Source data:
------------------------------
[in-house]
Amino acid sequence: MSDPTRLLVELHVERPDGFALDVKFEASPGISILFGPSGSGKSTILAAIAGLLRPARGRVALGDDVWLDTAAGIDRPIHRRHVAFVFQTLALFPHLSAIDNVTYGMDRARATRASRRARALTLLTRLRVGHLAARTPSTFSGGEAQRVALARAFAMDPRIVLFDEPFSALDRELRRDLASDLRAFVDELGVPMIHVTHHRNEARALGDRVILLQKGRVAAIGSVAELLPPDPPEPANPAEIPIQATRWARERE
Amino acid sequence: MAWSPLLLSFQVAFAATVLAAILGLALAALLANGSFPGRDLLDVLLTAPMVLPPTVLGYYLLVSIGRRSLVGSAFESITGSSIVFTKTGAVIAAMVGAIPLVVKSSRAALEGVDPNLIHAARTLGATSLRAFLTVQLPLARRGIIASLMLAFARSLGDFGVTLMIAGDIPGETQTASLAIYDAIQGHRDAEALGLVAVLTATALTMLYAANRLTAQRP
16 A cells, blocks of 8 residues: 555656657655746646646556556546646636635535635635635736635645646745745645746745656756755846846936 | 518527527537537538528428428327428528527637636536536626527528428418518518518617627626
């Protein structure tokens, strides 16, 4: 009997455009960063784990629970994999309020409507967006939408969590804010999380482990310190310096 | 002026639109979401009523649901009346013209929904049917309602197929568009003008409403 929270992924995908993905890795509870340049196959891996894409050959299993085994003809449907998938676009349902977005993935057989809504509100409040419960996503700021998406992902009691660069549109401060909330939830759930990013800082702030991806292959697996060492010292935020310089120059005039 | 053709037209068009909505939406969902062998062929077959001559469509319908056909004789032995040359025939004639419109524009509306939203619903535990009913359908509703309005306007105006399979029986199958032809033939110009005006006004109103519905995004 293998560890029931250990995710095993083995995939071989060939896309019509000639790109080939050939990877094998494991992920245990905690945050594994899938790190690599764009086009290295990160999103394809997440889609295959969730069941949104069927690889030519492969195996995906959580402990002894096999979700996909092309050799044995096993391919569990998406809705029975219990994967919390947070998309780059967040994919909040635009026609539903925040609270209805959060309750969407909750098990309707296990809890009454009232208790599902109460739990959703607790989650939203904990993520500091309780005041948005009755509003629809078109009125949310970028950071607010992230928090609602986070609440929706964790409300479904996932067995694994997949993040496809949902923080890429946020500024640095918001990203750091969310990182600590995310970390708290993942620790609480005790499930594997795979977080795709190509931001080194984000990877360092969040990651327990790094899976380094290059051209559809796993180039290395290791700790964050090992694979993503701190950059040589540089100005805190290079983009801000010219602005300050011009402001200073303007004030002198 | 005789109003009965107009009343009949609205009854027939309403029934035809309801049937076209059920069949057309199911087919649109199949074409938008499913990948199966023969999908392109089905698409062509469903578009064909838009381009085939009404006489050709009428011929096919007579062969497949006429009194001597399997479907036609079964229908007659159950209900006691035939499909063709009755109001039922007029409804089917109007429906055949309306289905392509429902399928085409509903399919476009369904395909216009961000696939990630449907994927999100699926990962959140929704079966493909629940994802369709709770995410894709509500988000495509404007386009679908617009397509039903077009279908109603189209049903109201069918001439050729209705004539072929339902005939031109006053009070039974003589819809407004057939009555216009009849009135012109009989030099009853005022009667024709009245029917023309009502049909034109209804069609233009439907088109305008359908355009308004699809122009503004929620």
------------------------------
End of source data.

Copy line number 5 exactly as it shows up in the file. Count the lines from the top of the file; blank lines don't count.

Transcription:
């Protein structure tokens, strides 16, 4: 009997455009960063784990629970994999309020409507967006939408969590804010999380482990310190310096 | 002026639109979401009523649901009346013209929904049917309602197929568009003008409403 929270992924995908993905890795509870340049196959891996894409050959299993085994003809449907998938676009349902977005993935057989809504509100409040419960996503700021998406992902009691660069549109401060909330939830759930990013800082702030991806292959697996060492010292935020310089120059005039 | 053709037209068009909505939406969902062998062929077959001559469509319908056909004789032995040359025939004639419109524009509306939203619903535990009913359908509703309005306007105006399979029986199958032809033939110009005006006004109103519905995004 293998560890029931250990995710095993083995995939071989060939896309019509000639790109080939050939990877094998494991992920245990905690945050594994899938790190690599764009086009290295990160999103394809997440889609295959969730069941949104069927690889030519492969195996995906959580402990002894096999979700996909092309050799044995096993391919569990998406809705029975219990994967919390947070998309780059967040994919909040635009026609539903925040609270209805959060309750969407909750098990309707296990809890009454009232208790599902109460739990959703607790989650939203904990993520500091309780005041948005009755509003629809078109009125949310970028950071607010992230928090609602986070609440929706964790409300479904996932067995694994997949993040496809949902923080890429946020500024640095918001990203750091969310990182600590995310970390708290993942620790609480005790499930594997795979977080795709190509931001080194984000990877360092969040990651327990790094899976380094290059051209559809796993180039290395290791700790964050090992694979993503701190950059040589540089100005805190290079983009801000010219602005300050011009402001200073303007004030002198 | 005789109003009965107009009343009949609205009854027939309403029934035809309801049937076209059920069949057309199911087919649109199949074409938008499913990948199966023969999908392109089905698409062509469903578009064909838009381009085939009404006489050709009428011929096919007579062969497949006429009194001597399997479907036609079964229908007659159950209900006691035939499909063709009755109001039922007029409804089917109007429906055949309306289905392509429902399928085409509903399919476009369904395909216009961000696939990630449907994927999100699926990962959140929704079966493909629940994802369709709770995410894709509500988000495509404007386009679908617009397509039903077009279908109603189209049903109201069918001439050729209705004539072929339902005939031109006053009070039974003589819809407004057939009555216009009849009135012109009989030099009853005022009667024709009245029917023309009502049909034109209804069609233009439907088109305008359908355009308004699809122009503004929620």